Do we endorse it and just say, you know what, great, we’re going to be the most excellent generation of workers ever? And, you know, that’s one option. We could do that. Or do we challenge that? Do we say, I think this kind of mentality is pushing me to bring parts of myself to work that I really would rather develop in community, in relationship with my family, in leisure or with friends? So just getting that kind of critical and reflective awareness, that is one of the big goals that I’ve got for my students and in my research over the next couple of years.
What causes burnout and how does it differ from other challenges and obstacles of work?
Burnout tends to affect care professions at far higher rates than other professions. For people who think of their work as a vocation, I think there’s a temptation to think about the challenges or difficulties associated with it as just part of the sacrifice. It’s like, if I’m a doctor or a priest, for example, this is my work, but it’s also my calling. And I think there’s a temptation there to push yourself beyond what you should reasonably do. There’s a sense of, how can you have work-life balance if your job is the salvation of souls? In those roles, there is no sort of stopping point. You can’t just hang it up at the end of the day. And that’s the flip side that I try to get my students to think about when they are articulating this desire to find meaning and purpose in their work and find a vocation. I think that’s wonderful, but I also want them to consider what that entails because, otherwise, it can lead to some pretty serious personal crises.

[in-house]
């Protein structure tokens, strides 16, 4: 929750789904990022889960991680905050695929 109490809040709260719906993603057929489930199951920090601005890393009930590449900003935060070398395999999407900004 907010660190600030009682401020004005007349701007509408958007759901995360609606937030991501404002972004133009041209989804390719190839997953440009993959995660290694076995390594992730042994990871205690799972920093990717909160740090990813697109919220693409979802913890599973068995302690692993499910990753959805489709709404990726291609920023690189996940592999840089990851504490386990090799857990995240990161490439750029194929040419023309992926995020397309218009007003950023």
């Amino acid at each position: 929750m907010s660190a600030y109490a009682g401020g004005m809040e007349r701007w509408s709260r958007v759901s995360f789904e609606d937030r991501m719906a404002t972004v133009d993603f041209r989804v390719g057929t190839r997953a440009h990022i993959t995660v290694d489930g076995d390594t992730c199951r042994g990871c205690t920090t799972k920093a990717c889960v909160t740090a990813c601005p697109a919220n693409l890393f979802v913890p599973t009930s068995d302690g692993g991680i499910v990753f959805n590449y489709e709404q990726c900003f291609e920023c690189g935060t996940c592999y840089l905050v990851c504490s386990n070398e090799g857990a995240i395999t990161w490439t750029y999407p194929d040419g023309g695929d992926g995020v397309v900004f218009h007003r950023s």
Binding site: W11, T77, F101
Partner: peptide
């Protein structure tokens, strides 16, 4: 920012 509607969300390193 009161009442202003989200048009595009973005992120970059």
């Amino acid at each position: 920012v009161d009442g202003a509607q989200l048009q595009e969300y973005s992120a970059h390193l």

Has the pandemic accelerated the way our relationship with work is changing?
As a philosopher, I like to think of moments of crisis as opportunities for reflection. Alasdair MacIntyre is one of my favorite philosophers, and he’s got this idea that in moments of crisis, the presuppositions that have structured your life up until that moment are called into question. So, if you’re navigating your everyday life and some judgment that you’ve based on those presuppositions is called into question, you can directly engage with those assumptions and navigate that. But if the presuppositions themselves are called into question, you suddenly have to reevaluate the whole picture, right? And, for many people, that’s what happened during the pandemic. Things that we thought were just fixed — like you do work at a workplace and when you’re at home, you can just turn things off — things that felt like basic social realities we can rely on, it turns out they’re completely fungible.
And, I think, for a lot of people, it’s been difficult to navigate the different tradeoffs that you get in different working environments and situations. For the first few weeks of the pandemic, once we were working from home, I felt like, this is the best thing ever. I can just work for a bit, go downstairs to hang out with my kids to take a break and then go back and work. I thought, this is amazing; let’s do this forever. And then two months in, I realized I’m really missing the community and even just the basic communication that comes with being in a workplace. So, I started to see that as a trade-off. Well, OK, there’s a good thing here, there’s a good thing there — and they’re completely incompatible. You can’t have both of them. So I think, as these presuppositions are called into question, it has forced people to sit down and rethink what it is they value about work, what those trade-offs are and how they want to move forward.
Whether this ends up having a positive impact on our relationship with work individually and collectively going forward really depends on whether we’re able to start a kind of dialogue and communicate well with each other and with our employers about what we value and how this affects our well-being. I think it’s important to make sure we are communicating and reflecting on these trade-offs together.
Originally published by news.nd.edu on October 27, 2022.at